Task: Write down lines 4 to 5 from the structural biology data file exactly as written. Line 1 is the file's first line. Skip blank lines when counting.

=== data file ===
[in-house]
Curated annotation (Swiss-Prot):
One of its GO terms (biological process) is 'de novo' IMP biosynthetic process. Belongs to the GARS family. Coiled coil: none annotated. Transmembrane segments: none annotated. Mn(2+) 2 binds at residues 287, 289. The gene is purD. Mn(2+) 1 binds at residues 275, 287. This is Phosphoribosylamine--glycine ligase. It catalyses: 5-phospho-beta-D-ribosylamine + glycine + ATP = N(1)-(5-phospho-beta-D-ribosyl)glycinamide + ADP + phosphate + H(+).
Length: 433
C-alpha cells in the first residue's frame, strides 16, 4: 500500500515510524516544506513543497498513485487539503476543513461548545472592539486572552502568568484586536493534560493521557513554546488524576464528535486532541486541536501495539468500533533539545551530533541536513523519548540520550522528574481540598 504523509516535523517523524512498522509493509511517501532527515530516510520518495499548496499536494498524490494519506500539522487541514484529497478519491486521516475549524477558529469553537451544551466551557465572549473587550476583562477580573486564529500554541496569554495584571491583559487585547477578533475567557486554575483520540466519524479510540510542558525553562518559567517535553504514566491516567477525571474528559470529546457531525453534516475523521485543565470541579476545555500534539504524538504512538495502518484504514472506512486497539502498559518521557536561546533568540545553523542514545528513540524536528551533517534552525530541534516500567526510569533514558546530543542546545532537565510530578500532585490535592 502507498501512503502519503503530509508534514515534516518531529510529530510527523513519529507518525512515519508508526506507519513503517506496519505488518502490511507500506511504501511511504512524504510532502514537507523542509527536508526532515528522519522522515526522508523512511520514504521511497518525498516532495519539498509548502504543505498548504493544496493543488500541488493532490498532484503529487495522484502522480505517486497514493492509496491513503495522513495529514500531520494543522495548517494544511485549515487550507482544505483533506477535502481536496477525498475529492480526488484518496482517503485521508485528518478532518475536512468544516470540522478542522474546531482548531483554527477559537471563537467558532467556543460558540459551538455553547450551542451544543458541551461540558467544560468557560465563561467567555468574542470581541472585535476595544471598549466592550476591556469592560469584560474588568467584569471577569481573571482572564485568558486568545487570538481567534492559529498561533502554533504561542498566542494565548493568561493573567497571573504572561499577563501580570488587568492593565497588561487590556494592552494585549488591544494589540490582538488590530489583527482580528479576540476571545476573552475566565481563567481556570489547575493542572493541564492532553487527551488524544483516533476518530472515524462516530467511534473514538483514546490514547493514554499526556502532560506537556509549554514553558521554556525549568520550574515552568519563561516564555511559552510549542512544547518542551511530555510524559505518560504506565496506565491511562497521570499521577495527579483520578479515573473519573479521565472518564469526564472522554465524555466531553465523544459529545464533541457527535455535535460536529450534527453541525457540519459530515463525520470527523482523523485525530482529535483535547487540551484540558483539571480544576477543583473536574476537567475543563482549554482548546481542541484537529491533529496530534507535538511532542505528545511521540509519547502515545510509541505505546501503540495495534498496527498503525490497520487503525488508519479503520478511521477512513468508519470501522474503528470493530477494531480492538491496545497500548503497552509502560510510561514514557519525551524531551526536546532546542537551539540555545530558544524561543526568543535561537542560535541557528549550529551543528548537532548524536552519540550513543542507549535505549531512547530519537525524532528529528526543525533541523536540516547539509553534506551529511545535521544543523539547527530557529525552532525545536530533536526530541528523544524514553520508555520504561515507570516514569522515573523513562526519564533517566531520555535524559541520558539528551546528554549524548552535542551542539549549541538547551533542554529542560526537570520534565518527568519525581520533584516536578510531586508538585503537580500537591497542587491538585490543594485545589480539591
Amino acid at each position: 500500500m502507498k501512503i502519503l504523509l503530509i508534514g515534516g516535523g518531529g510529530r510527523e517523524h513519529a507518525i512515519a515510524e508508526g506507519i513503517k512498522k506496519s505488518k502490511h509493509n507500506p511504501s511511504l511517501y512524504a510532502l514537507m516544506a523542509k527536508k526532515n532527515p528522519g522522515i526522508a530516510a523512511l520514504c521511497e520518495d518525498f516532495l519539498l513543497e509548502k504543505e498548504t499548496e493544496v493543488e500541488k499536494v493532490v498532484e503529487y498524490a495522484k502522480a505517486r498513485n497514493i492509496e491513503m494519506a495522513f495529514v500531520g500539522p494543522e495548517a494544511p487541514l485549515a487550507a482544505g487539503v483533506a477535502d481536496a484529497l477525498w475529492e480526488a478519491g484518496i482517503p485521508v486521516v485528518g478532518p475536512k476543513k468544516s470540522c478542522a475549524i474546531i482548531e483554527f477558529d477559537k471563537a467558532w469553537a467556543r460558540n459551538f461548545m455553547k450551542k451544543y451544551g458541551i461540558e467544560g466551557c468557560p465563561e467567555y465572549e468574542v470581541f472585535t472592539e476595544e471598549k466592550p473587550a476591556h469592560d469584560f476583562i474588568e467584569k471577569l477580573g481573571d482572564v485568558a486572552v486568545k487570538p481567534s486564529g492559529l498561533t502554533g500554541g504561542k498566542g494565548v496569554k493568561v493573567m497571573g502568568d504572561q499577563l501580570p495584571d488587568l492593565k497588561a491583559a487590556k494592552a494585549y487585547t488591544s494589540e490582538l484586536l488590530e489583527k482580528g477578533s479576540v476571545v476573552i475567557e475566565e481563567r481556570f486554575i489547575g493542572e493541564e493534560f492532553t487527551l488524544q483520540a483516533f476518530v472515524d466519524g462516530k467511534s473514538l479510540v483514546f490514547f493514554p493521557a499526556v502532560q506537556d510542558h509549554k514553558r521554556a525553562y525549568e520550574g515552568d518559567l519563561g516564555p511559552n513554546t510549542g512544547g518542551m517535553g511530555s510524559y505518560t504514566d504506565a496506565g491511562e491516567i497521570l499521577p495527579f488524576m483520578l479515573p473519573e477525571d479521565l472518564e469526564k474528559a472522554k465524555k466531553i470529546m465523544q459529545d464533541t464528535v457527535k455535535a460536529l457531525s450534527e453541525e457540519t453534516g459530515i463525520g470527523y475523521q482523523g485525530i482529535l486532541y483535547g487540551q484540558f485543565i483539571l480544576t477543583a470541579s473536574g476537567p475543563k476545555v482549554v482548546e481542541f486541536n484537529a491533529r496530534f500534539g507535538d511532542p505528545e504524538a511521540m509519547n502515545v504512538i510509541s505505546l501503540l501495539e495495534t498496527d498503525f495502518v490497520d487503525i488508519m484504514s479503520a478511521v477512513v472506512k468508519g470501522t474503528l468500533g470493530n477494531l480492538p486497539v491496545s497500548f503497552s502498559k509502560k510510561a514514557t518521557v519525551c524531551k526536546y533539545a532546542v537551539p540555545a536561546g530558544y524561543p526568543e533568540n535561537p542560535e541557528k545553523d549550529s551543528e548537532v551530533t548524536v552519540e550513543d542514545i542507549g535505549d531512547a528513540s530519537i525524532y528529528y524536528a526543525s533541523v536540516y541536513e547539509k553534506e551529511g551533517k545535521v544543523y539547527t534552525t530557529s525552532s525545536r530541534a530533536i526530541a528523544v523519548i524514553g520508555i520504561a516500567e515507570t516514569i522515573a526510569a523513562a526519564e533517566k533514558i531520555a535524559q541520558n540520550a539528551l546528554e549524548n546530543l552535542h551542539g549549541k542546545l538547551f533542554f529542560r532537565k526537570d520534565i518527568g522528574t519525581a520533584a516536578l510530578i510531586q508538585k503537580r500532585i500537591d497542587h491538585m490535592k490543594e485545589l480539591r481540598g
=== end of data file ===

Length: 433
C-alpha cells in the first residue's frame, strides 16, 4: 500500500515510524516544506513543497498513485487539503476543513461548545472592539486572552502568568484586536493534560493521557513554546488524576464528535486532541486541536501495539468500533533539545551530533541536513523519548540520550522528574481540598 504523509516535523517523524512498522509493509511517501532527515530516510520518495499548496499536494498524490494519506500539522487541514484529497478519491486521516475549524477558529469553537451544551466551557465572549473587550476583562477580573486564529500554541496569554495584571491583559487585547477578533475567557486554575483520540466519524479510540510542558525553562518559567517535553504514566491516567477525571474528559470529546457531525453534516475523521485543565470541579476545555500534539504524538504512538495502518484504514472506512486497539502498559518521557536561546533568540545553523542514545528513540524536528551533517534552525530541534516500567526510569533514558546530543542546545532537565510530578500532585490535592 502507498501512503502519503503530509508534514515534516518531529510529530510527523513519529507518525512515519508508526506507519513503517506496519505488518502490511507500506511504501511511504512524504510532502514537507523542509527536508526532515528522519522522515526522508523512511520514504521511497518525498516532495519539498509548502504543505498548504493544496493543488500541488493532490498532484503529487495522484502522480505517486497514493492509496491513503495522513495529514500531520494543522495548517494544511485549515487550507482544505483533506477535502481536496477525498475529492480526488484518496482517503485521508485528518478532518475536512468544516470540522478542522474546531482548531483554527477559537471563537467558532467556543460558540459551538455553547450551542451544543458541551461540558467544560468557560465563561467567555468574542470581541472585535476595544471598549466592550476591556469592560469584560474588568467584569471577569481573571482572564485568558486568545487570538481567534492559529498561533502554533504561542498566542494565548493568561493573567497571573504572561499577563501580570488587568492593565497588561487590556494592552494585549488591544494589540490582538488590530489583527482580528479576540476571545476573552475566565481563567481556570489547575493542572493541564492532553487527551488524544483516533476518530472515524462516530467511534473514538483514546490514547493514554499526556502532560506537556509549554514553558521554556525549568520550574515552568519563561516564555511559552510549542512544547518542551511530555510524559505518560504506565496506565491511562497521570499521577495527579483520578479515573473519573479521565472518564469526564472522554465524555466531553465523544459529545464533541457527535455535535460536529450534527453541525457540519459530515463525520470527523482523523485525530482529535483535547487540551484540558483539571480544576477543583473536574476537567475543563482549554482548546481542541484537529491533529496530534507535538511532542505528545511521540509519547502515545510509541505505546501503540495495534498496527498503525490497520487503525488508519479503520478511521477512513468508519470501522474503528470493530477494531480492538491496545497500548503497552509502560510510561514514557519525551524531551526536546532546542537551539540555545530558544524561543526568543535561537542560535541557528549550529551543528548537532548524536552519540550513543542507549535505549531512547530519537525524532528529528526543525533541523536540516547539509553534506551529511545535521544543523539547527530557529525552532525545536530533536526530541528523544524514553520508555520504561515507570516514569522515573523513562526519564533517566531520555535524559541520558539528551546528554549524548552535542551542539549549541538547551533542554529542560526537570520534565518527568519525581520533584516536578510531586508538585503537580500537591497542587491538585490543594485545589480539591